Even though it is not in the top 10 most spread phobias, it can create havoc. This fairly common specific phobia that involves a level of persistent and abnormal fear towards water and water related activities is beyond the person’s control and it may interfere with his or hers daily life. People suffer of aquaphobia in many different ways and may experience it even though they fully realize that the water in an ocean, a river, or even a bathtub poses no imminent threat. They may avoid such activities as boating and swimming, or they may avoid swimming in the deep ocean despite having mastered basic swimming skills. This anxiety commonly extends to getting wet or splashed with water when it is unexpected, or being pushed or thrown into a body of water.

Conquering Your Fear of Water Tip #1

Conquering Your Fear of Water Tip #2

Conquering Your Fear of Water Tip #3

Like all phobias, it may vary dramatically in severity from person to person. Some people are only afraid of deep water or strong waves, while others fear swimming pools and bathtubs. Some are afraid of entering the water, while others cannot bear to even look at a large body of water. Occasionally, fear of water is so pervasive that even being splashed or sprayed with water can cause a phobic reaction.

At Your Personal Swim Coach, we have had the privilege of working with a large number of people who had to deal with a sever fear of water. Supported by our team of certified instructors they have passed through the process of overcoming their phobia and becoming a relaxed and confident swimmer that not only enjoys water but also is looking forward to the next lesson.

For each of these persons the main reason their fear of water developed has been a negative introduction to or negative experience in water or even worse, they’ve undergone a traumatic event. Some have been pushed into the water, bullied by others, others were shown little or no respect by their previous instructors, fallen of a boat, or had a tensed parent who set an unfortunate example during their childhood. Any of these reasons is more than enough to determine the start of aquaphobia.
Each one of them has decided to face this fear and in the end they all prevailed.

Whether they were driven by their wish to share the beauty and joy of swimming with their children; or because they wanted and needed to return into the water so that they could use swimming as an exercise, was less relevant than the major victory they have accomplished by being in water. So there they were, with nothing else but a bathing suit, showing up at one of our venues. No matter for which of our classes they have enrolled – Private Elite Class or Small Group Classes – the determination and mental battle they had to go through was just as big. They are an inspiration and a role model for us and their courage and success made us to be even more grateful for our position.

Under these circumstances, learning how to swim is more of a mental process than a process of explaining how to use one’s arms and legs. When dealing with sever fear, the mind is dominated by preexisting thoughts and believes based on negative experiences. These believes have been repeated for so many times that they become “the truth”. This will make one fight for, or at least fear for, one’s life as soon as getting close to a pool. These thoughts can dominate mental processing and block out all rationality, all positive encouragement and common sense within less than a second.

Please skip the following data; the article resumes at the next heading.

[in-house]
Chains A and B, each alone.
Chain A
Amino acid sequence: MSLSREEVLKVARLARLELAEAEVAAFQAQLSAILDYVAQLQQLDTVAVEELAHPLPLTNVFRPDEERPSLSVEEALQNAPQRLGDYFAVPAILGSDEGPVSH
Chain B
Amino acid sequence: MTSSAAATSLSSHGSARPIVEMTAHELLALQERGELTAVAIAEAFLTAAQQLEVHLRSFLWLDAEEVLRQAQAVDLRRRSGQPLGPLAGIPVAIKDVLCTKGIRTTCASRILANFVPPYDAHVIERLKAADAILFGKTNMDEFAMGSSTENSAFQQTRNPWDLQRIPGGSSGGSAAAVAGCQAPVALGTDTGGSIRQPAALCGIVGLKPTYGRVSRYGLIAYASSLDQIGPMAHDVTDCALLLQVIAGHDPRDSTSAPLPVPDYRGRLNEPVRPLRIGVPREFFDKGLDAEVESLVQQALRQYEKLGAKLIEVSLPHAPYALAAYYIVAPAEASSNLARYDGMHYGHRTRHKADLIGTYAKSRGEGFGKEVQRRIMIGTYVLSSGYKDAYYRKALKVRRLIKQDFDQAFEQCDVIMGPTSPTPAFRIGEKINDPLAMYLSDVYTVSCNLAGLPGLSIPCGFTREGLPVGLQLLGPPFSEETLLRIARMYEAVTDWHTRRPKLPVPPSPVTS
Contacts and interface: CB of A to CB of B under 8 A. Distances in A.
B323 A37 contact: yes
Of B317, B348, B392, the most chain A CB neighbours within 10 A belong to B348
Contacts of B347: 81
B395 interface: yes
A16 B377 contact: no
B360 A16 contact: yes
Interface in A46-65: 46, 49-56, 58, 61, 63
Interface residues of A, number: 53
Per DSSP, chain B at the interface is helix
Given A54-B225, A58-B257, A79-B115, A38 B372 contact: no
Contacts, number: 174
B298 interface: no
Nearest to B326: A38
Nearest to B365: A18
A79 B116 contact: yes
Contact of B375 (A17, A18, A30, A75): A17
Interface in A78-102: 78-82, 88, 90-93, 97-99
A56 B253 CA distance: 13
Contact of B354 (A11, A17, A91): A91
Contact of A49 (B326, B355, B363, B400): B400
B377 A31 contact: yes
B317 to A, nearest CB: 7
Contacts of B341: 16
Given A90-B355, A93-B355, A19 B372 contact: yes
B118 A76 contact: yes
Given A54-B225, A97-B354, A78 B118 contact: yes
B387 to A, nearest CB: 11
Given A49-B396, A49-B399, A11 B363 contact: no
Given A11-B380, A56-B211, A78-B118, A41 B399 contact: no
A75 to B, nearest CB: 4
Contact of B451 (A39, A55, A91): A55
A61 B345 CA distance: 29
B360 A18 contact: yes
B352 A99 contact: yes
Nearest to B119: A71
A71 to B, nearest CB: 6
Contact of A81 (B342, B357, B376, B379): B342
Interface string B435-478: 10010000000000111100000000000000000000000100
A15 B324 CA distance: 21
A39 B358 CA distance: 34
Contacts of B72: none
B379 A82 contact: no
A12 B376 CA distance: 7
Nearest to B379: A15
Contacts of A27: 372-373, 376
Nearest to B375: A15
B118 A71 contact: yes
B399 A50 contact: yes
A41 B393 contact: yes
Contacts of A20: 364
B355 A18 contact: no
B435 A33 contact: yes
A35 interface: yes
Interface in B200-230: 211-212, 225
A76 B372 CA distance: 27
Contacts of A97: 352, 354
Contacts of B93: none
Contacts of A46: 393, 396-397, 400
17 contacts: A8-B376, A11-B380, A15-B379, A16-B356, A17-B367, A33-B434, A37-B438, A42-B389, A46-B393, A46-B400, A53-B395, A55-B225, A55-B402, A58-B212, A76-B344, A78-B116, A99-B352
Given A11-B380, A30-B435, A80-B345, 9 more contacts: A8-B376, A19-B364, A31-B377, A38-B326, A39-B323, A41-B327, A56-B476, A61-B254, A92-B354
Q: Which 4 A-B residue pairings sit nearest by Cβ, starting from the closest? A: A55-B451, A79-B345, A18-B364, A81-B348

This phase of the learning process causes a lot of frustration; our students are mainly adults, bright college educated professionals and mostly expats; but with our help and guidance they all found a way to pass this phase and they have all become confident, efficient and relaxed swimmers; they are no longer afraid of water. Before reaching this moment of bliss, though, most of them went through several phases; they got angry with themselves and disappointed each time they failed or panicked; they allowed negative thinking to take over which led to more negative thinking and thus threw them in a vicious cycle of negativity; they suppressed feelings, although they all know that psychological research shows that this will make them more likely to recur. All these inner struggles translates into their behavior and actions in water: most beginners try to prevent water from coming in contact with their face, eyes and nose, which results in unnecessarily stiff body, a disadvantage when trying to float. In spite of what might seem at first sight an insurmountable obstacle, thanks to their strong will power and determination, our students wield their body and their brains to plow ahead through each lesson.

So what could we do, to ease the process, to give it a more positive note you might wonder. One cannot go from aqua phobic to independent swimmer in one day, unfortunately. This process is a sequence of stand-alone steps. With care, patience and a bit of humor, we are creating an atmosphere of comfort and safety, which helps diminishing the student’s learning curve and slowly but surely tears down the walls of this phobia. Through simple explanations of the physics of swimming; just as simple yet powerful exercises and eloquent demonstrations our students start to take control of their body while in the world of water; soon both body and water are no longer misunderstood by the novice student.
We help our students see that it is useless to fight against the water and that it is much easier to allow water work for them. One of the principles that need explaining is the interaction between the ever present pull of gravity and the forces of buoyancy; the force exerted by a fluid on any immersed object. This trick of interacting with the two forces and eventually float, can be mastered by anybody. There are moments when fear will block out all information and absorption of these insights and techniques. These are the moments which make our métier more challenging than it usually is. This process we deal with every day means the world to us; we guide students on their path, and their persistent negative believes are gradually replace with positive experiences. So this is an ode to them, it humbles us to gain their trust. To each and every one of them a heartfelt: thank you!